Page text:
PROMOTING ACCESS TO AFRICAN RESEARCH

Rwanda Journal

Log in or Register to get access to full text downloads.

Remember me or Register



Land policy reform in Rwanda: A Catalyst for Land Information Provision

T Mugiraneza

Abstract


One among the instruments forland information provision is policy. Since land administration organizations are not only operating in static environment, but also in dynamic and changing environment, land policy can also change following the new business opportunities and the aftermaths can impact on system provision of land related data and information. This research scrutinizes the effects of new land policy in Rwanda on land related organizational structures and land information provision. Public land administration organizations were highlighted as case study. Questionnaire, in-depth interviews and secondary data source were used for collecting data on policy change, induced effects on organization, and repercussion on land information. Open questions seeking opinions and close questions seeking intensity or proposing change alternatives were used for deriving facts and views. Respondents were composed of decision makers and technical/operational staff in the National Land Centre and in the six sampled district land bureaus. Findings showed that new land policy in Rwanda was resulted in changing the existing
centralized and scattered land administration organizations into coordinated organizations with horizontal and vertical integration. Change in policy and organizational structures have induced change in system provision of land information and triggered land information projects. Nevertheless, all provisions are in transition phase and pending regulations hinder to attain targeted goals. Proposed integration is not yet achieved. Regional land offices are still based at national level, and land registration is spatially centralized. Since district land bureaus are technically under National Land Centre supervision and administratively depending on district authority, new land policy is conflicting with decentralization principle from working procedures perspective. Step in geo-ICT application for data handling was achieved, despite a big gap in technical and skills capabilities. Since new land policy coincided with decentralization policy, we recommend research on parallel implementation of policies with some similar dimensions.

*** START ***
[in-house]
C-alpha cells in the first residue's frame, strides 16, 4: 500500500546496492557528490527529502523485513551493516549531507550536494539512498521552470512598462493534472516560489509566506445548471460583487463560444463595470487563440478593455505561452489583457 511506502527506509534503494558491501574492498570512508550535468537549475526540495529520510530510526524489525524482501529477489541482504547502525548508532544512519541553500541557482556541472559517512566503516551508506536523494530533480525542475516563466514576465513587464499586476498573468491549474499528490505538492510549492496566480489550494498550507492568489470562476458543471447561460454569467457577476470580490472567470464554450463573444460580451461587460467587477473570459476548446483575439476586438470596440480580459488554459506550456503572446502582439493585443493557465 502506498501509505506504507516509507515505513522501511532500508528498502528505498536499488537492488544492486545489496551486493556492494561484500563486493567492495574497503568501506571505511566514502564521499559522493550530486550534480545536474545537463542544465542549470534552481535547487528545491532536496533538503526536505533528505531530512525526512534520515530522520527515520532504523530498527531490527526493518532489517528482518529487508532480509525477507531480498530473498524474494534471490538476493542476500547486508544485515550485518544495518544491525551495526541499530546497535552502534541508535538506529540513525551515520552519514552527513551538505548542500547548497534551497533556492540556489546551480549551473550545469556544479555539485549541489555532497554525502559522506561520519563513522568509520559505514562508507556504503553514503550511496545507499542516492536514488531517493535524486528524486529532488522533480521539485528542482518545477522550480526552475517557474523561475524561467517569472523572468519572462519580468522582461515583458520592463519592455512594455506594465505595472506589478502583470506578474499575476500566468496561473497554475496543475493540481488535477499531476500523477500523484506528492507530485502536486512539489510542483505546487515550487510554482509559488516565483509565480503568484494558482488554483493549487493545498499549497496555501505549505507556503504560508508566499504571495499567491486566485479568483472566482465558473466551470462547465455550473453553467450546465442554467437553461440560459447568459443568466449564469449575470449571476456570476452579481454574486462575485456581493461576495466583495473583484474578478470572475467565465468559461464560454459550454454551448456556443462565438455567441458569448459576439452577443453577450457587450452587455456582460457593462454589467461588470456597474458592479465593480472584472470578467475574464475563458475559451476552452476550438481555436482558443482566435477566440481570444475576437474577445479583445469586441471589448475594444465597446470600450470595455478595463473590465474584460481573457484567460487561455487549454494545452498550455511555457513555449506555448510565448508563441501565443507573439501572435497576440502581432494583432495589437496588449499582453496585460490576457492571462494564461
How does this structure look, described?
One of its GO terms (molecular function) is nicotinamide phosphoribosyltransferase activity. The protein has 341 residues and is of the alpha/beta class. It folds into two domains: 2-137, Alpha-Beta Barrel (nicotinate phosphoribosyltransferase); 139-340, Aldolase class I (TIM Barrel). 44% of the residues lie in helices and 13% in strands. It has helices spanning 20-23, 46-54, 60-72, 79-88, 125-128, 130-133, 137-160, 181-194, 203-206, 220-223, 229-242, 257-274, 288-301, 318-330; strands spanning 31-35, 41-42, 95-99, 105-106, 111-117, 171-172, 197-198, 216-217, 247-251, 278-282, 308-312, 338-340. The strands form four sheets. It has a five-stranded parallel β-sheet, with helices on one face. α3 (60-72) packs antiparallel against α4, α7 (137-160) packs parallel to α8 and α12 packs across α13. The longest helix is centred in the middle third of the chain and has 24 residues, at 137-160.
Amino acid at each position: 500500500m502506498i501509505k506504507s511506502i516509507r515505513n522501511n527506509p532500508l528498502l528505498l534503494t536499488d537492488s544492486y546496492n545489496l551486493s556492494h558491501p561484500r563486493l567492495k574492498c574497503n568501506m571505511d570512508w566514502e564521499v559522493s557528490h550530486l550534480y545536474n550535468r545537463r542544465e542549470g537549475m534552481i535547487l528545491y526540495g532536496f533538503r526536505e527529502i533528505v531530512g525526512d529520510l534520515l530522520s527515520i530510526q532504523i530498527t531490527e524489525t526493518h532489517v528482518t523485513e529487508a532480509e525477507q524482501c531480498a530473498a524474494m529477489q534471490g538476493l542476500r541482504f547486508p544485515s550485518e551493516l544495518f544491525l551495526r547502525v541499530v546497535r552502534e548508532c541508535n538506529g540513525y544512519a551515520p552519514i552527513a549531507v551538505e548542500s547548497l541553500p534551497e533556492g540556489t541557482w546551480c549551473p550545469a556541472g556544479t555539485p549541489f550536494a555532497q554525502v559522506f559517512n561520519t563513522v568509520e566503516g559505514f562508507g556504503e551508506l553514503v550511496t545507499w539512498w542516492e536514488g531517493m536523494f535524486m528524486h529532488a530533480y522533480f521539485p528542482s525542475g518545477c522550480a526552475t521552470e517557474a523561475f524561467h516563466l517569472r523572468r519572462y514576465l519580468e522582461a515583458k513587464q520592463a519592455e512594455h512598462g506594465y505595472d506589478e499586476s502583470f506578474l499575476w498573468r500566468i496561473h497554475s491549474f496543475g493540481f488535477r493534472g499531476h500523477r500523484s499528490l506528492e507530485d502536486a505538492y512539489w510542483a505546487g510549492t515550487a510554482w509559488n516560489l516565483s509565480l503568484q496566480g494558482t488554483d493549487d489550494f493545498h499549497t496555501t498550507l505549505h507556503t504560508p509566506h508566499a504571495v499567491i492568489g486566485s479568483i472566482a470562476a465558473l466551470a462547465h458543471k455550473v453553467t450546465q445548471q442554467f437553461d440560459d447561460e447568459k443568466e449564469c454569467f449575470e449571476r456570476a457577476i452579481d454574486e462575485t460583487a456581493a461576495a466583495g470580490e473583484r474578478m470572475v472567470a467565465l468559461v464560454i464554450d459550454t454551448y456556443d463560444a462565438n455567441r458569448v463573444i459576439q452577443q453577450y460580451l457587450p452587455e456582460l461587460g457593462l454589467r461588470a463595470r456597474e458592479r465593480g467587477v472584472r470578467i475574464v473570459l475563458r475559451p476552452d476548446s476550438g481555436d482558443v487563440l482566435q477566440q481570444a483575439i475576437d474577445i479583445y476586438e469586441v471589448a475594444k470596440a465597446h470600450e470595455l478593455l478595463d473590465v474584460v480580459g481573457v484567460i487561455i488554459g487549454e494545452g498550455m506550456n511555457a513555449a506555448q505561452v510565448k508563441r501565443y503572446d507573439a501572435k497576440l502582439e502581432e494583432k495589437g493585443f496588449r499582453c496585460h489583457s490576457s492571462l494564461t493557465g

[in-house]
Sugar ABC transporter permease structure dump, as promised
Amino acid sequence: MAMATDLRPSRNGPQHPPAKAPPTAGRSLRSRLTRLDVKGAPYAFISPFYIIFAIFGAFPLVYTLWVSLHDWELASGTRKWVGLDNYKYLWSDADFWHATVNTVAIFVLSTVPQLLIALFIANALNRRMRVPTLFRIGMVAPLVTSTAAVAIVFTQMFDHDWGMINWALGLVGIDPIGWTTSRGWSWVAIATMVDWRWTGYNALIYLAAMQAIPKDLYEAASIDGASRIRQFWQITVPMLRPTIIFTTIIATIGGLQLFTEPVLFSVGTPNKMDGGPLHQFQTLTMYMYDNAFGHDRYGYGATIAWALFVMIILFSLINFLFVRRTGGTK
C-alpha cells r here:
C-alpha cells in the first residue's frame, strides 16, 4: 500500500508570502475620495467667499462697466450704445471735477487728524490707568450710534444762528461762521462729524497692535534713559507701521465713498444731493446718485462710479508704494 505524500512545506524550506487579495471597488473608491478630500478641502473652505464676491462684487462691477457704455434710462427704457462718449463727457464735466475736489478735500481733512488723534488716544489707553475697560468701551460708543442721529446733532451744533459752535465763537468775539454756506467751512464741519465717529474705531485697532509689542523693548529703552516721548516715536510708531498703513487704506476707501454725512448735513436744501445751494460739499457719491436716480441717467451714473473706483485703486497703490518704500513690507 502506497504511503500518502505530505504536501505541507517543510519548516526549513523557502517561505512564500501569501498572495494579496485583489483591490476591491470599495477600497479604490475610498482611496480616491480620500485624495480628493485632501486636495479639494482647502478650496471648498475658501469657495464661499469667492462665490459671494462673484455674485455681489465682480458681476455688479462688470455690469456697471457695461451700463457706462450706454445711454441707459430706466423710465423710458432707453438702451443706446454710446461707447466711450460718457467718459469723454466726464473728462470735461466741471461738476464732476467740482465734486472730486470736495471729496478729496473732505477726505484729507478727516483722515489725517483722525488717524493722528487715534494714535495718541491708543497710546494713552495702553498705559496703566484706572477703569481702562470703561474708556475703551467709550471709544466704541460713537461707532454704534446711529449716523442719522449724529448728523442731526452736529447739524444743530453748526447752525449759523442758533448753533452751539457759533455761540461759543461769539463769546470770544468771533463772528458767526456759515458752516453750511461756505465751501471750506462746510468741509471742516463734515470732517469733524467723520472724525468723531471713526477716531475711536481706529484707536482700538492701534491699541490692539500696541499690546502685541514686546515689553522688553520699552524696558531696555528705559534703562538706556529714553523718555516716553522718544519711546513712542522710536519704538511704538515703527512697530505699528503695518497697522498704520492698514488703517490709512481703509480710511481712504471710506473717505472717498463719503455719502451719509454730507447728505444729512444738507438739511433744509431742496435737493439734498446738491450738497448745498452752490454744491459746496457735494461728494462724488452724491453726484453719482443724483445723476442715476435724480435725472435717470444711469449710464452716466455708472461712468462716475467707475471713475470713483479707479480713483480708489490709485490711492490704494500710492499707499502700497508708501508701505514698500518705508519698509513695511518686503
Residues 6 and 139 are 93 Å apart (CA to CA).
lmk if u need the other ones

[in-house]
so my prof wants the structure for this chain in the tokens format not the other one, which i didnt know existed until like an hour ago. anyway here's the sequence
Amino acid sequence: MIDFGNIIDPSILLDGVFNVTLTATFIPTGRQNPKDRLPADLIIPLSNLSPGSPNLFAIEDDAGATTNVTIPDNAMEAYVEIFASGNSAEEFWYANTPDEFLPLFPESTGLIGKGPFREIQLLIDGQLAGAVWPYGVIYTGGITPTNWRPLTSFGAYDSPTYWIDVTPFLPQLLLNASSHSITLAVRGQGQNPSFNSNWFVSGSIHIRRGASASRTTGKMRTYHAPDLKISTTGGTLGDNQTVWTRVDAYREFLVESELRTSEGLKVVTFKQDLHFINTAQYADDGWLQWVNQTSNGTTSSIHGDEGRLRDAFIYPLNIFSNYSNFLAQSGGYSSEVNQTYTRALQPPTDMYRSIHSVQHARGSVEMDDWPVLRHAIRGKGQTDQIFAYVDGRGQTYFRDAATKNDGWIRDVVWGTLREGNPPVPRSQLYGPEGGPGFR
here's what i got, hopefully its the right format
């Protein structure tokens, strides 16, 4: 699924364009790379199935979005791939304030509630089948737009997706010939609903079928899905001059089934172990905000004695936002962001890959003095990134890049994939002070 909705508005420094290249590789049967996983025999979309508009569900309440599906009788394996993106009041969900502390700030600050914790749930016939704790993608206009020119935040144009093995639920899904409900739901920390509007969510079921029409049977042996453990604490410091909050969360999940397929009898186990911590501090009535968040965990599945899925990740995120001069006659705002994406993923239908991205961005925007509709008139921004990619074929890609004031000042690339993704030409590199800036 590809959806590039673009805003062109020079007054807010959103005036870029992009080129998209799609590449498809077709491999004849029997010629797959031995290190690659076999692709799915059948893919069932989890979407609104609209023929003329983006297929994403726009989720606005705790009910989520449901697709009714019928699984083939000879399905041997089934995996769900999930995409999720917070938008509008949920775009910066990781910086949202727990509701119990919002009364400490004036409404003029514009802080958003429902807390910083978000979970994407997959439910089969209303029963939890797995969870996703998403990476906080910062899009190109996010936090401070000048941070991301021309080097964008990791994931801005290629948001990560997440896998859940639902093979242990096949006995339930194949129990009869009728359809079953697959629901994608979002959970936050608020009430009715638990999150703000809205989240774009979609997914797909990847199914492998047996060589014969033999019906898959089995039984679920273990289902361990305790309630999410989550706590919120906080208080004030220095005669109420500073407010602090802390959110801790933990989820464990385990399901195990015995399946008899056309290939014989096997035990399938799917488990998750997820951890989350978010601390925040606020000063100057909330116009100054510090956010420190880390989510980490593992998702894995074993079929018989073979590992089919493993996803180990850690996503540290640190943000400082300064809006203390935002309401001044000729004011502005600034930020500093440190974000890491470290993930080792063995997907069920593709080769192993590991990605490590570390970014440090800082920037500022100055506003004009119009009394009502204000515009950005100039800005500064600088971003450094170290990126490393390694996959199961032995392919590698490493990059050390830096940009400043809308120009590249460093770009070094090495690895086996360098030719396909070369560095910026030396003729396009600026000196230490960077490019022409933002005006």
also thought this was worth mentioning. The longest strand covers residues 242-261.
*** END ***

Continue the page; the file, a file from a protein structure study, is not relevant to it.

Keywords: Land policy reform, organizational change, geo-ICT, land information provision



AJOL African Journals Online